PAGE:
Hail the King
Reeve: Bellud, the Trustworthy
Steward: Lady Esyllt, the Prudent
Chivalry Tutor: Neued, former priest
Riding and Combat Tutor: Magnolfo, aged Sardinian
Hermit: Meryn, man of Sauvage
Smith: Garsus, famed swordsmith, and his son, Eris
The Tower of Newton: A recent construction, the Tower of Newton is an imposing and strategically important structure. With the investment of additional funds, the family of Newton intended this structure to protect the village of newton and the site of its castle construction.
Manor House: This great stone manor was built at the time of the marriage of Baelorn and Olwen. It is a homey, elegant, and defensible structure with a great hall suitable for hosting dignitaries and nobles of all stripes.
Heads of Family
485 AD – 487 AD: Sir Jaern the Nimble
487 AD – 491 AD: Sir Caern, Regent and Steward
491 AD – 514 AD: Sir Baelorn the Just
514 AD – 516 AD: Sir Jaernen, Regent
516 AD – Present: Sir Pebwyn, Lord Banneret
Family tree: http://www.familyecho.com/?p=E8S9Z&c=et7ace1z7x&f=202040726467043487
Men’s Trait: Never Forgets a Face (Recognize +10)
Women’s gift: Natural Healers (+5 First Aid and Chirurgery)
Passions: Love (Family), Loyalty (Arthur), Fealty, Homage,
Traits: (men) Just, Modest, Generous, Valorous, Energetic, Suspicious
Traits: (women) Just, Modest, Prudent, Generous
Traits: (both) Just, Modest
The Reign of Sir Pebwyn
Upon the death of his brother, Sir Jaernen, Pebwyn, squire to the Earl, was knighted Sir Pebwyn in the moments following the night attack on the camp of King Arthur. Since that night, he has ridden into battle many times to fight for the king and earl.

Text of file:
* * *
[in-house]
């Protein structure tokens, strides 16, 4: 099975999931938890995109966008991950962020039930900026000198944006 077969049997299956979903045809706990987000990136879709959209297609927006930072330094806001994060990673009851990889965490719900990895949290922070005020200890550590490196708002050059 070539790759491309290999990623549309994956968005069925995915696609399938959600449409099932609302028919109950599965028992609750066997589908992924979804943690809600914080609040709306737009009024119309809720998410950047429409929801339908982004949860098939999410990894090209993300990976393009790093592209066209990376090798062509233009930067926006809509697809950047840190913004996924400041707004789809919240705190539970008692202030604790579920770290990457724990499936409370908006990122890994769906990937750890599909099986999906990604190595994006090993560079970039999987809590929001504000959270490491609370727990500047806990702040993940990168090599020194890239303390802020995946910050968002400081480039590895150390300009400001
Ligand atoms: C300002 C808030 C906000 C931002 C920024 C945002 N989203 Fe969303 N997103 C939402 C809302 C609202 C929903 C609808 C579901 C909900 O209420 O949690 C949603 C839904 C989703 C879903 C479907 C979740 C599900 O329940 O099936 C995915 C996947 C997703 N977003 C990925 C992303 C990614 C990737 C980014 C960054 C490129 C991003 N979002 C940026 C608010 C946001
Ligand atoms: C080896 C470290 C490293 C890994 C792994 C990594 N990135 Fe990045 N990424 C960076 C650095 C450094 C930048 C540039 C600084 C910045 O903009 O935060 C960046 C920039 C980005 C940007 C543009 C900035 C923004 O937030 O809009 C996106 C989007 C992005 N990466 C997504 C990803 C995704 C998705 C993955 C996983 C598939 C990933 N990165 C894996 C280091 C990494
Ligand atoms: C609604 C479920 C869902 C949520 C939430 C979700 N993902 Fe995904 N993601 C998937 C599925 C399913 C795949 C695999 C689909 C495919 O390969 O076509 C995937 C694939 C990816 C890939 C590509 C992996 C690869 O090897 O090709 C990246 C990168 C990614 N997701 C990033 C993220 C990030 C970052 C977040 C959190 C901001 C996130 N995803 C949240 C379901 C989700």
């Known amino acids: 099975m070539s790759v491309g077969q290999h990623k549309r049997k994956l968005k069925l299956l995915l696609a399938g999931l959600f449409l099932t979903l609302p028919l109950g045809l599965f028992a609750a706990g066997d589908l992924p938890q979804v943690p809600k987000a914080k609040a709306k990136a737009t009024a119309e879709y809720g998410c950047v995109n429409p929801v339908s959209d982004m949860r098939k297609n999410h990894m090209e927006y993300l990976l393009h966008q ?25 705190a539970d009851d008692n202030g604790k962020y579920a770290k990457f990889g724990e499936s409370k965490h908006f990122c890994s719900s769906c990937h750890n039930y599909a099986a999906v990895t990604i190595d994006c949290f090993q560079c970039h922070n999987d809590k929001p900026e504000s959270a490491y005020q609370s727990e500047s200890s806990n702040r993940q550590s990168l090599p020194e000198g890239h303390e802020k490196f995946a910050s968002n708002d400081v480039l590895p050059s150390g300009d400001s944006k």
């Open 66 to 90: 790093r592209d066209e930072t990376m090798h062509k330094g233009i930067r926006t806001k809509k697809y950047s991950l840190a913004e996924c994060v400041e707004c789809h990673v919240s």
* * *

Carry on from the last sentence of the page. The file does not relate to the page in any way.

Plagued by a history of dishonesty, Sir Pebwyn is known as a deceitful man, but in the Forest Sauvage, he has had a rebirth. Swearing to uphold Arthur’s ideals as a trustworthy knight, he has made an oath to reforge himself anew so that no man may doubt his word.
Seeking to be worthy of his father and brother, Pebwyn has gained the permission of the earl to construct a river castle at Newton. In the first year since, the trenches were dug and the foundation laid. In the coming years, Pebwyn hopes to make it a truly magnificent structure worthy of his benefactors.
The same year as the castle began construction, Pebwyn married the young, beautiful Lady Glesig, heiress to the lands of Horton, to the north, wealthy silver mines coveted by their neighbors. The earl believed that Pebwyn could help bring strength and protection to her lands and ward off the jealousy of those around. Likely, some are angered at this joining of houses.
To commemorate the joining of the houses of Newton and Horton and Pebwyn’s conversion to the Roman faith, a new, grand Roman church is planned to be built within the village.